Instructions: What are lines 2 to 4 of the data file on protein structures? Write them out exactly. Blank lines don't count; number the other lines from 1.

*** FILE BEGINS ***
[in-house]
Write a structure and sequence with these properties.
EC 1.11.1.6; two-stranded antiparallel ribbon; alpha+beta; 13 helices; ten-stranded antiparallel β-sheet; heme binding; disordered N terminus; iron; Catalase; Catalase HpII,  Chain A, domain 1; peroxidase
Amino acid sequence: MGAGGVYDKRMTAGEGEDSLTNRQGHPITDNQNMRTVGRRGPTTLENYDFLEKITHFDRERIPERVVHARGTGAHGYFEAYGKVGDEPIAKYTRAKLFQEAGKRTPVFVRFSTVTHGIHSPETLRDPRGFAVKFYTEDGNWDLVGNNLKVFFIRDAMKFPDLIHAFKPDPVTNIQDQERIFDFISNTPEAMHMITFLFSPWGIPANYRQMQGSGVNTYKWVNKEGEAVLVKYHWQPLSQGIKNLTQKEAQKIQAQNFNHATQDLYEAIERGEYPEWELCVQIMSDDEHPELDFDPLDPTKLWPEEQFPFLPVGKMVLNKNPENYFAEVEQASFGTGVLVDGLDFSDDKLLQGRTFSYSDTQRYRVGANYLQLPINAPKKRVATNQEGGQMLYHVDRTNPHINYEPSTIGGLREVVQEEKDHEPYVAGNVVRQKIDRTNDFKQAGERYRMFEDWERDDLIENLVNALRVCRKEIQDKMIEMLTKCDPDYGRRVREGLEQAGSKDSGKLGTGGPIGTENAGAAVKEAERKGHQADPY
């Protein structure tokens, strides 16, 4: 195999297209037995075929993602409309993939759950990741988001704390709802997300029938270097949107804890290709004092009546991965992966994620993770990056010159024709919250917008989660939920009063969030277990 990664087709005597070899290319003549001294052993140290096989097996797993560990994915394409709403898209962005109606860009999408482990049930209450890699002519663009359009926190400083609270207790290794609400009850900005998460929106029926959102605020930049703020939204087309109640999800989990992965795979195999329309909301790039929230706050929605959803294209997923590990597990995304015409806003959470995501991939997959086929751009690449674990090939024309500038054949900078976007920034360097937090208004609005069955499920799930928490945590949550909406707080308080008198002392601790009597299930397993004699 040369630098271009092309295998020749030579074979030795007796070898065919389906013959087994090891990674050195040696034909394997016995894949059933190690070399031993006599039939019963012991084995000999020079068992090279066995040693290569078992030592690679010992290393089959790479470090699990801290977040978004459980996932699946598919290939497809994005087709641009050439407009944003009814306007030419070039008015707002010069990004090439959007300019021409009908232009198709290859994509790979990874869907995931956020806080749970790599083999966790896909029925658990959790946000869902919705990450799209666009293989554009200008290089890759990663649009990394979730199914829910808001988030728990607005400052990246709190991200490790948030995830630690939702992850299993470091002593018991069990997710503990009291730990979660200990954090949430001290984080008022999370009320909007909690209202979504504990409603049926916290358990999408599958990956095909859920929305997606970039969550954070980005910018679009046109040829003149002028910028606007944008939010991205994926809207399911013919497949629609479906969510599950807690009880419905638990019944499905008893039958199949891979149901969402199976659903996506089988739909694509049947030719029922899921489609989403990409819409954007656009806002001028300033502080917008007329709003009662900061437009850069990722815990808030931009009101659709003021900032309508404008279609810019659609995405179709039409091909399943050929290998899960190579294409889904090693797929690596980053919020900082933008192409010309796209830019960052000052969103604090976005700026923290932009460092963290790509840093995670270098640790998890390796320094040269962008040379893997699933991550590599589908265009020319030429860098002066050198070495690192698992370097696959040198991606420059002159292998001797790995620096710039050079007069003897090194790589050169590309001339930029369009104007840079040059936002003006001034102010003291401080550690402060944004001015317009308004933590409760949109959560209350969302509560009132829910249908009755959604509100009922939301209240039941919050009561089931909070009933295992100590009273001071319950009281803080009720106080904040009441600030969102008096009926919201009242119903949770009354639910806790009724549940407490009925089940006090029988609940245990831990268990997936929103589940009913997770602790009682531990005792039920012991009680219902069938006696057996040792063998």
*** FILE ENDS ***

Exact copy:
Write a structure and sequence with these properties.
EC 1.11.1.6; two-stranded antiparallel ribbon; alpha+beta; 13 helices; ten-stranded antiparallel β-sheet; heme binding; disordered N terminus; iron; Catalase; Catalase HpII,  Chain A, domain 1; peroxidase
Amino acid sequence: MGAGGVYDKRMTAGEGEDSLTNRQGHPITDNQNMRTVGRRGPTTLENYDFLEKITHFDRERIPERVVHARGTGAHGYFEAYGKVGDEPIAKYTRAKLFQEAGKRTPVFVRFSTVTHGIHSPETLRDPRGFAVKFYTEDGNWDLVGNNLKVFFIRDAMKFPDLIHAFKPDPVTNIQDQERIFDFISNTPEAMHMITFLFSPWGIPANYRQMQGSGVNTYKWVNKEGEAVLVKYHWQPLSQGIKNLTQKEAQKIQAQNFNHATQDLYEAIERGEYPEWELCVQIMSDDEHPELDFDPLDPTKLWPEEQFPFLPVGKMVLNKNPENYFAEVEQASFGTGVLVDGLDFSDDKLLQGRTFSYSDTQRYRVGANYLQLPINAPKKRVATNQEGGQMLYHVDRTNPHINYEPSTIGGLREVVQEEKDHEPYVAGNVVRQKIDRTNDFKQAGERYRMFEDWERDDLIENLVNALRVCRKEIQDKMIEMLTKCDPDYGRRVREGLEQAGSKDSGKLGTGGPIGTENAGAAVKEAERKGHQADPY